One such obesity study was prompted by the results of research that was looking into whether obese individuals were consuming higher quantities of saturated fats, as opposed to their naturally thin counterparts. What was unearthed was surprising. The researchers did not merely rely on the dietary reports of the obese individuals involved in the study because there would have been an inherent margin of error due to lack of consistent, factual disclosure. To prevent such inconsistencies, they actually examined the fat tissue of their obese subjects. It was discovered that not only are obese individuals not getting more saturated fat than the naturally thin across the board, their fat tissue was also radically different from those in standard weight ranges deemed as healthy.

The fat cells of an average sized person are compact and small in size, whereas the obese individuals had enlarged fat cells that were abundantly plentiful, greatly out-numbering those of the leaner persuasion. This information prompted Jules Hirsch, of the Rockefeller University Hospital, to conduct a study of his own. Hirsch was curious what effect weight loss would have on the fat cells of obese individuals. He wondered if there would be a decrease in fat cells as they dropped weight, as if they never existed in the first place, or if the engorged cells would merely deflate like an empty balloon.

A control study was formed involving four subjects who had struggled with obesity since childhood. They were to remain in a control environment, living at the Rockefeller University Hospital over a period of 8 months, during which time, they would be put on a stringent diet. First, the case study subjects went through a four week period where their basal metabolic rate was assessed. Then, for 4-5 months, the subjects were put on a rigid 600 calorie medically supervised liquid diet while remaining at the treatment facility. Following this period was a maintenance phase where the subjects were put on a dietary regimen to sustain their new lower weights. The subjects did release weight... 100 lbs. on average. However, disappointingly all of the subjects quickly regained all the pounds they had so suffered to lose, even with the maintenance plan in place.

Hirsch conducted this same control study many times over, trying to ascertain what was going awry. Why were these individuals experiencing this rebound weight gain? Sadly, for all the numerous times this study was tweaked, reformed, and conducted again, the result was the same. The obese subjects always had the fat quickly pile back on. One interesting development came out of all this research. Metabolic shifts, psychological conditions, and stats in the form of temperature and pulse had been monitored throughout the study and this brought some interesting information into the light. The common thread running between the obese subjects is that they all felt a powerful biological drive to eat after their weight loss; a drive so strong that the sheer force of their will could not overcome it. Their eating resembled the pattern of those in a state of starvation who were finally fed. This is what led to their subsequent weight gain.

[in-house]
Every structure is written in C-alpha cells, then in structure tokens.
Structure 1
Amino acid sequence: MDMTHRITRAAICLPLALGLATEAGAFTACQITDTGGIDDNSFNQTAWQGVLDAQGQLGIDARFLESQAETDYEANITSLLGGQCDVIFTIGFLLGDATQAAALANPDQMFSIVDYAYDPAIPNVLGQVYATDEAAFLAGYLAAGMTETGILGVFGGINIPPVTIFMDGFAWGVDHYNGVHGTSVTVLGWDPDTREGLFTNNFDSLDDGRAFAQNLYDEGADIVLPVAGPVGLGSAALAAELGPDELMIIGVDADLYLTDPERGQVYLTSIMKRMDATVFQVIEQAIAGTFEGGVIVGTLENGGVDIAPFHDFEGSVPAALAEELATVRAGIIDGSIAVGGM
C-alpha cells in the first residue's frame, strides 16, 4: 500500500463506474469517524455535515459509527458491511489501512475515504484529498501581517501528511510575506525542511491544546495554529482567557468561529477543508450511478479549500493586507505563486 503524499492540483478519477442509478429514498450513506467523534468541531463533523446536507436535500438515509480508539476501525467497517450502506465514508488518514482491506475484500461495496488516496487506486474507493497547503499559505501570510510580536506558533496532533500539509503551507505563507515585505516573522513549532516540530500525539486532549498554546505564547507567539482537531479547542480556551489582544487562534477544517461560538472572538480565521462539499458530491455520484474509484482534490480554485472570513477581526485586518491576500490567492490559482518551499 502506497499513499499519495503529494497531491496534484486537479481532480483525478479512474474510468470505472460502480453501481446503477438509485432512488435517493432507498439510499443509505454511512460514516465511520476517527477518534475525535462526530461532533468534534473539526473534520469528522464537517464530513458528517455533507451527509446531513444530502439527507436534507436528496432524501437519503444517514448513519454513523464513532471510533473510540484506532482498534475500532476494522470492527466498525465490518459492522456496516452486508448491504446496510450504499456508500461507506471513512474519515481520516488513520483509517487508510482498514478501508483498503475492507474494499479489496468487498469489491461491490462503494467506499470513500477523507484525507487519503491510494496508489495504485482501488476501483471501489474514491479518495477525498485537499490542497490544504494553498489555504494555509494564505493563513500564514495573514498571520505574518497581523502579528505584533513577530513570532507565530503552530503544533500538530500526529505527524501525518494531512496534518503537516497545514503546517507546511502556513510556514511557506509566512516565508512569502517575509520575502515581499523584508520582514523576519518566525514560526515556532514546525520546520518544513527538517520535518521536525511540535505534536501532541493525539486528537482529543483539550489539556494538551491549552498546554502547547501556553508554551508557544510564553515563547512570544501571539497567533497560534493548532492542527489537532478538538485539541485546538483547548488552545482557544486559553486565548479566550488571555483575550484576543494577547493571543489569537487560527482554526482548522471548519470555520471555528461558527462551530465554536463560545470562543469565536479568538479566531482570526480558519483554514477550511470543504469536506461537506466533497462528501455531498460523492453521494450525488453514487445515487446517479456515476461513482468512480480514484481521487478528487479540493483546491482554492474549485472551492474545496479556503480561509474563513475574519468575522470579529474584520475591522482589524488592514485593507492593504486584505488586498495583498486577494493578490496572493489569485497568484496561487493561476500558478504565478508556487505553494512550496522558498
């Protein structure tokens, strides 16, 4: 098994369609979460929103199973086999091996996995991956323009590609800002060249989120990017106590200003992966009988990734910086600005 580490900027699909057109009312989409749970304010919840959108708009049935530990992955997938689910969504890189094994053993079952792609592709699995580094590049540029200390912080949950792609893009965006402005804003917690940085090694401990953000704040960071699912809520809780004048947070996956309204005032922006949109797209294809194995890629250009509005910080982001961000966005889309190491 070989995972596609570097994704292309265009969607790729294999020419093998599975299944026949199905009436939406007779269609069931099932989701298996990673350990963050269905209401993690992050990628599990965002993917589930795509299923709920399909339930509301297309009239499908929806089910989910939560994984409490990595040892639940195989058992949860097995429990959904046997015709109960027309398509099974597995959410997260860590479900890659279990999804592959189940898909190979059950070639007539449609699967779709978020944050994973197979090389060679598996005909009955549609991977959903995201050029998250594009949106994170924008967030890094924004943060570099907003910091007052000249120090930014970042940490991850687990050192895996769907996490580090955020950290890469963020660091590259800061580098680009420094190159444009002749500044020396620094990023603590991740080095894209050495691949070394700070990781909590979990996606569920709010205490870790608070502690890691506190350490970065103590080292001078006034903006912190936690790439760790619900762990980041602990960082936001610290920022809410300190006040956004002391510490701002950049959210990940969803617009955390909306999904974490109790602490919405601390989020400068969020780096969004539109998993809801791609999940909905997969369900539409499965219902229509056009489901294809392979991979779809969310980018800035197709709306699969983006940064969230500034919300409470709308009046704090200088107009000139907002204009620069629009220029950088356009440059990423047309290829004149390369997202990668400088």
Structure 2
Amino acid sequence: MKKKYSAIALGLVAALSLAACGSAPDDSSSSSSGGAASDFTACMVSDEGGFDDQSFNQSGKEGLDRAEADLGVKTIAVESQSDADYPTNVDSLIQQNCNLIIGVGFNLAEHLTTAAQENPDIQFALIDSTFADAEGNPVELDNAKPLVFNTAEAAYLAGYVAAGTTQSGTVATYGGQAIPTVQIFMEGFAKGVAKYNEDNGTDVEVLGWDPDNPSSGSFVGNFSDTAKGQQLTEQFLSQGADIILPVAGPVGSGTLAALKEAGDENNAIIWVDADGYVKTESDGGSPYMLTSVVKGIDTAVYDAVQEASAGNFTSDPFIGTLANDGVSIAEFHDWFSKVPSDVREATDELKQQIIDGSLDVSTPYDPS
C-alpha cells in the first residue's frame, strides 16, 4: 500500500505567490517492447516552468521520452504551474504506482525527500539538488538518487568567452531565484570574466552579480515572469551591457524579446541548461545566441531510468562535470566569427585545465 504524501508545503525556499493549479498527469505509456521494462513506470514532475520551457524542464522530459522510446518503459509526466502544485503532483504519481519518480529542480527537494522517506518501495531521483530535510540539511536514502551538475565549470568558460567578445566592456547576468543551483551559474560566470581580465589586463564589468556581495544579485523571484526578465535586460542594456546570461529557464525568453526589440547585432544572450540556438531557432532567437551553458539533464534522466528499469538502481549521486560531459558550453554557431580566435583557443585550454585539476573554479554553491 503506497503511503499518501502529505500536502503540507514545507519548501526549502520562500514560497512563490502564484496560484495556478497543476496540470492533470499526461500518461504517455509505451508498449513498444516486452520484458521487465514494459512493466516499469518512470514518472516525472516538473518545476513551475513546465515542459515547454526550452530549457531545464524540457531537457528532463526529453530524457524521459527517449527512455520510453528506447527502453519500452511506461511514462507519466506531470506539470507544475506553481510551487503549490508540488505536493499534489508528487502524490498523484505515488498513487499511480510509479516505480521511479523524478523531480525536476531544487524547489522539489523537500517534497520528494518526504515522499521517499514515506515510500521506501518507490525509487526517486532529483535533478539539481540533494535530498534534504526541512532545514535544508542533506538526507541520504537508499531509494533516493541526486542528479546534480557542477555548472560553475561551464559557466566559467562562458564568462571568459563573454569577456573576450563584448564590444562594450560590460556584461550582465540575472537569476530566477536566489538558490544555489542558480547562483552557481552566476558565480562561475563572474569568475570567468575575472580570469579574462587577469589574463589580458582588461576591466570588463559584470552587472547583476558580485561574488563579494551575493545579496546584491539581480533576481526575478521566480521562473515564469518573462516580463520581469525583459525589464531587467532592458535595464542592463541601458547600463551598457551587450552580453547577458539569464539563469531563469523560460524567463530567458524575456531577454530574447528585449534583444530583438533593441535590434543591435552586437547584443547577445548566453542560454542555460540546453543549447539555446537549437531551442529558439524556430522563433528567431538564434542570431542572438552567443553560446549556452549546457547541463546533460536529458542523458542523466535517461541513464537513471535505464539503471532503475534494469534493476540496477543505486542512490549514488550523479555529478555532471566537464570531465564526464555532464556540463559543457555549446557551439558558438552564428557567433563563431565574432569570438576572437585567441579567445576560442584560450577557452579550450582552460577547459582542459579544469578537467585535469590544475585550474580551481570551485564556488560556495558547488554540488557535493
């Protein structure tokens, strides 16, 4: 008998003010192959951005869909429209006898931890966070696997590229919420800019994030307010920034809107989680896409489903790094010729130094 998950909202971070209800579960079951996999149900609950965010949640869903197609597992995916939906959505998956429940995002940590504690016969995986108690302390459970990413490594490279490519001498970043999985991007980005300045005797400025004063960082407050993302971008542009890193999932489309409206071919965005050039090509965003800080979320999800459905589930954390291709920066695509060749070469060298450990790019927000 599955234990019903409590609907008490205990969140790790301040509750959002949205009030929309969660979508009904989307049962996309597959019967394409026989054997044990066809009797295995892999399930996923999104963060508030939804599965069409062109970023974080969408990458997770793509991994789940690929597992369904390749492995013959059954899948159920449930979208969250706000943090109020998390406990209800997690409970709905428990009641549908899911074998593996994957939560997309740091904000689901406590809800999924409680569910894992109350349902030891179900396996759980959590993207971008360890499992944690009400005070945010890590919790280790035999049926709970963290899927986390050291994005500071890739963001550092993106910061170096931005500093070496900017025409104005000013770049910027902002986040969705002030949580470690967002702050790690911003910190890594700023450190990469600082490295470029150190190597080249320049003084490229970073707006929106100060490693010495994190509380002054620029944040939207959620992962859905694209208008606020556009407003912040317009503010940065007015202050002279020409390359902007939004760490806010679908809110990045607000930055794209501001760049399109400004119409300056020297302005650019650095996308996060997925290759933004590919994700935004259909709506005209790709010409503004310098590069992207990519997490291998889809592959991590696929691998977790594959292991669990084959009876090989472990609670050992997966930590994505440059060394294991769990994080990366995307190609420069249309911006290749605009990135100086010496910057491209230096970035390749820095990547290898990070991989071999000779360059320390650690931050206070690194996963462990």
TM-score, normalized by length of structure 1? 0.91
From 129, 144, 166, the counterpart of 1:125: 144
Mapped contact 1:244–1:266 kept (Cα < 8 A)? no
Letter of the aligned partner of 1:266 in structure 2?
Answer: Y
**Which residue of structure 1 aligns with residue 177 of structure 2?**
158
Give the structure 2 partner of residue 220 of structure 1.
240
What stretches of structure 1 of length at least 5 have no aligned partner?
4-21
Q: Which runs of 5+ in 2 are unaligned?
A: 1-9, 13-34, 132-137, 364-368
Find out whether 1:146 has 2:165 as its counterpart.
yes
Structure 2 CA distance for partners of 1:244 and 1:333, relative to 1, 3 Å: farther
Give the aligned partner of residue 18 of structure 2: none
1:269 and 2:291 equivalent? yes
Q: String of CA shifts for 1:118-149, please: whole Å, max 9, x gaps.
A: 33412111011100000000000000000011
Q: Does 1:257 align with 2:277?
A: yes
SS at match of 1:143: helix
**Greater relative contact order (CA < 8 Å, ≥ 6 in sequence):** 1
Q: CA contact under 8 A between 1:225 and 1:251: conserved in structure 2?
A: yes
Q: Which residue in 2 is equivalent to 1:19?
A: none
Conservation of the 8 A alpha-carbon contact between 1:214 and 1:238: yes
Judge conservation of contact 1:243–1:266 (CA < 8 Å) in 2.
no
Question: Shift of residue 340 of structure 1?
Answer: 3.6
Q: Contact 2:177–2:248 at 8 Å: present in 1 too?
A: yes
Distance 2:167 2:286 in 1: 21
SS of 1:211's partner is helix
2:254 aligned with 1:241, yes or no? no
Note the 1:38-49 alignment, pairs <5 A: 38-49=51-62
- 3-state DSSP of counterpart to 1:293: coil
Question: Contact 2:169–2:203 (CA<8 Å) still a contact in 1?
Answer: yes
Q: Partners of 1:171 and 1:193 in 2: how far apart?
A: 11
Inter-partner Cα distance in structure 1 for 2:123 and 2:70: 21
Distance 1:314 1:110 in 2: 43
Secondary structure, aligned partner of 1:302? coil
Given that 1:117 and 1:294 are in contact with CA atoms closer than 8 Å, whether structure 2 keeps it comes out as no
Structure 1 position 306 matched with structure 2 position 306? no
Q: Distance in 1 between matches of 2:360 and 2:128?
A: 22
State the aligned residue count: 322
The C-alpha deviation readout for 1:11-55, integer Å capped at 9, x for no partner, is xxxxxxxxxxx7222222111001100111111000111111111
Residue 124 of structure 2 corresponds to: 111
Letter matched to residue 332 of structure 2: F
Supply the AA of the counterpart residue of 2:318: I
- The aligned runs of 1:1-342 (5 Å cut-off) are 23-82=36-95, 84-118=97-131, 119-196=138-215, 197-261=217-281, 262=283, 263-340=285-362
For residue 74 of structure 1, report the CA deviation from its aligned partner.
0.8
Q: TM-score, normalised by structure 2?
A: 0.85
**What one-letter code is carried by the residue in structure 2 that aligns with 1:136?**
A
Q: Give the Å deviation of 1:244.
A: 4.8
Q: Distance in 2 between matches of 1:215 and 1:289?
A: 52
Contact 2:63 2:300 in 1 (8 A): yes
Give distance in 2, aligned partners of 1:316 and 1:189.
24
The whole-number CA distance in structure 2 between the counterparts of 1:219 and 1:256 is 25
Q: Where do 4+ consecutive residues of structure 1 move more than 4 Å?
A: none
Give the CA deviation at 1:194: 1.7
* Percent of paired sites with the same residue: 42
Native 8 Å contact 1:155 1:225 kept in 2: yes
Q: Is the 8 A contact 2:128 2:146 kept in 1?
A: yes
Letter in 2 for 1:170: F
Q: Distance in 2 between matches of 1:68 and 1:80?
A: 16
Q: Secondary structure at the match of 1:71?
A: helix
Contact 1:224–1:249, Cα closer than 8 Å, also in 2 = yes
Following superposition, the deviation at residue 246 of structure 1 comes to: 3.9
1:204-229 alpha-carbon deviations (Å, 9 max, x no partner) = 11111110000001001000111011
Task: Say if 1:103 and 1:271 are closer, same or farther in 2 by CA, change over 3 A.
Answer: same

This information caused scientists to believe that perhaps obese people just lacked will power and that they suffered from more of a psychological imbalance. However, this proved not to be the case. Psychiatric abnormalities were not any more prevalent in obese individuals than they were in naturally thin subjects. This was a turning point because finally, researchers were open to the idea that there may be a genetic component involved. This birthed the idea of getting naturally thin people fat in order to examine the physiologic changes that occurred in their bodies. It turned out to be a far more difficult task to get people recruited to become obese.

Eventually, they turned to prisoners. They felt they were the ideal candidates because they were in a controlled environment where they could be readily observed and would get limited exercise. They recruited naturally thin volunteer prisoners and set to work. They found it a challenging task to put weight on these individuals. Most did gain weight; an increase of 20-25% to be exact. However, it took 4-6 months to achieve this feat and some had to eat extreme amounts of food, up to 10,000 calories a day, in order to put on this weight.

From this study, it was clear to see that the bodies of naturally thin individuals are different from those of the obese. It was ultimately discovered that when the lean prisoners became fat, their metabolic rate increased by 50%. They were also extremely efficient at turning the extra fuel they were fed into lean muscle mass, as opposed to obese subjects who were efficient at turning over excess food intake to fat storage.

Some of the other information that was discovered by various obesity researchers was that in general, the obese do not tend to eat any higher quantities of food than the naturally lean. They also don't tend to have any more overeating episodes, or consume more 'unhealthy' foods than those who are thin. The final assessment of all the extensive research that has been conducted for decades now is that obesity is largely attributed to a genetic condition. In terms of weight release, obese individuals have the DNA cards stacked against them. On one hand, this points to the necessity for compassion on the part of society as a whole. The fat are considered the last acceptable population of people to discriminate against. This is evident in the way obese people are treated in our society. On the other hand, to hear that the best an obese individual can hope for is to release 10% of their weight seems rather dismal for those who suffer from this condition and experience every day the way it impacts their lives on multiple levels. But is it true? This question still hangs in my mind... provoking me to dig deeper.

Obesity rates have risen sharply since the early 1970's, particularly in America. This condition is now affecting our children, something that was rarely seen until recent years. The obesity researchers would have us believe that this is simply a case of genetic evolution. Does this even make sense? Evolution does not transpire overnight. This seems a flimsy explanation for the rapid spike in obesity we have seen over the past 39 years. Why is it then that this surge in obesity seems to impact Americans more than other populations, especially when our genetic heritage is so diverse? Why is it that countries that had relatively healthy profiles in terms of obesity rates are now seeing a rise in the incidence of this condition as Americanized food makes its way onto their soil?